WELLINGTON (Reuters) -Around a quarter of a million doses of the Pfizer-BioNTech COVID-19 vaccine bought from Spain will arrive in New Zealand this week, Prime Minister Jacinda Ardern said on Thursday, boosting the country’s inoculation programme.
The doses will arrive in Auckland on Friday, Ardern said, adding to some 1.8 million doses being delivered directly from Pfizer throughout September.
“This means we don’t have any plans to slow down the rollout,” Ardern said at a news conference.
Officials have sped up the national vaccination programme as they battle an outbreak of the Delta variant that prompted Ardern to order a snap nationwide lockdown last month.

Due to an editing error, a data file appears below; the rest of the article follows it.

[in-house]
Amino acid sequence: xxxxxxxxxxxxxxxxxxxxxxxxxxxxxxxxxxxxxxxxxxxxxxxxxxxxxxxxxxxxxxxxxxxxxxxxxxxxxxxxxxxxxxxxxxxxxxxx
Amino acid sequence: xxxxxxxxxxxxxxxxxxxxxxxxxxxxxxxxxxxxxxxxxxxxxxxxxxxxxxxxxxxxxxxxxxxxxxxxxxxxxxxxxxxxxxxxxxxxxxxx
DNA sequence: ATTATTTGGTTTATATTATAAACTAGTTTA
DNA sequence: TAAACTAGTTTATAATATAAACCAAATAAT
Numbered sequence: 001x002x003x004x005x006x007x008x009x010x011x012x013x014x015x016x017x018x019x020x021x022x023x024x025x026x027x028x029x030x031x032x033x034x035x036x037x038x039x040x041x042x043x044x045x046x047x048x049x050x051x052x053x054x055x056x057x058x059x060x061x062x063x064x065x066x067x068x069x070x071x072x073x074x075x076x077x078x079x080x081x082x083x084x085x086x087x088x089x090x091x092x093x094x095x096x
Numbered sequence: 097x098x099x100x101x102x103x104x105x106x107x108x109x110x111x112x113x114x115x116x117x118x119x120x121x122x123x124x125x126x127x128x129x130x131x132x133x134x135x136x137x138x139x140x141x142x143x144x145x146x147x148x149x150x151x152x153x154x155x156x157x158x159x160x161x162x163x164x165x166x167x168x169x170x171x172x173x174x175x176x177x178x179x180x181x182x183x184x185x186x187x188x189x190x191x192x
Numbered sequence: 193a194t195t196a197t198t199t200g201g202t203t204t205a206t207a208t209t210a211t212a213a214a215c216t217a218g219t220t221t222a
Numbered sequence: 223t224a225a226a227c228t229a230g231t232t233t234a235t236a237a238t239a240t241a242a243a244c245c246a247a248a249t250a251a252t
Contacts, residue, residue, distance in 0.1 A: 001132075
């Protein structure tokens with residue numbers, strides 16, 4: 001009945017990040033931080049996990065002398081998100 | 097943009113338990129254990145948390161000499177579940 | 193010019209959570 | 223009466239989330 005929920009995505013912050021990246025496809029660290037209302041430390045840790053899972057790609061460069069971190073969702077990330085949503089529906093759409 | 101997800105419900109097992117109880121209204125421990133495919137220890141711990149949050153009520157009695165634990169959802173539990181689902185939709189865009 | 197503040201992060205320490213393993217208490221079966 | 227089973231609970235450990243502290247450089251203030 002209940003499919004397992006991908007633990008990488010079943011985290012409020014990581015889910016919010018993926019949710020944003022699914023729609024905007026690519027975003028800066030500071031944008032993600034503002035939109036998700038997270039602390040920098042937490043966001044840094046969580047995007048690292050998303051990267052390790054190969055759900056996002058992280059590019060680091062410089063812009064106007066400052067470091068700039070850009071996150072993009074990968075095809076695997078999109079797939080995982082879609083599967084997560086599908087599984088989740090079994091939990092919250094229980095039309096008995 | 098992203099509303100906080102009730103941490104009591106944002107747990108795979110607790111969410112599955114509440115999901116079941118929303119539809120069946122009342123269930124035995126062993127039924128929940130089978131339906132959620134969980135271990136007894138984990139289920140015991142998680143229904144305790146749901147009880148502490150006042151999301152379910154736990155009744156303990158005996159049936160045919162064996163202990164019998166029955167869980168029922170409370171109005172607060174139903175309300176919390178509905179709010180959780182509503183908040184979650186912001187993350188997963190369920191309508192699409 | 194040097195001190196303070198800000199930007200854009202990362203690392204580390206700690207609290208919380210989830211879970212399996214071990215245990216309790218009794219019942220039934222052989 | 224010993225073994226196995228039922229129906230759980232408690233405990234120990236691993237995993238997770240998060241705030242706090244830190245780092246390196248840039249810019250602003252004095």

About 1.7 million people in the largest city of Auckland remain in a strict level 4 lockdown but curbs have been eased in the rest of the country.
Around 31% of New Zealand’s 5.1 million people have been fully vaccinated, one of the slowest paces among the wealthy nations of the OECD grouping.
Officials on Thursday reported 13 new cases of COVID-19, all in Auckland, taking the total number of cases in the latest Delta variant outbreak to 868.
Ardern’s lockdowns and international border closure since March 2020 have been credited with reining in COVID-19, largely freeing up day-to-day activities for New Zealanders.
(Reporting by Praveen Menon; Editing by Christopher Cushing and Jane Wardell)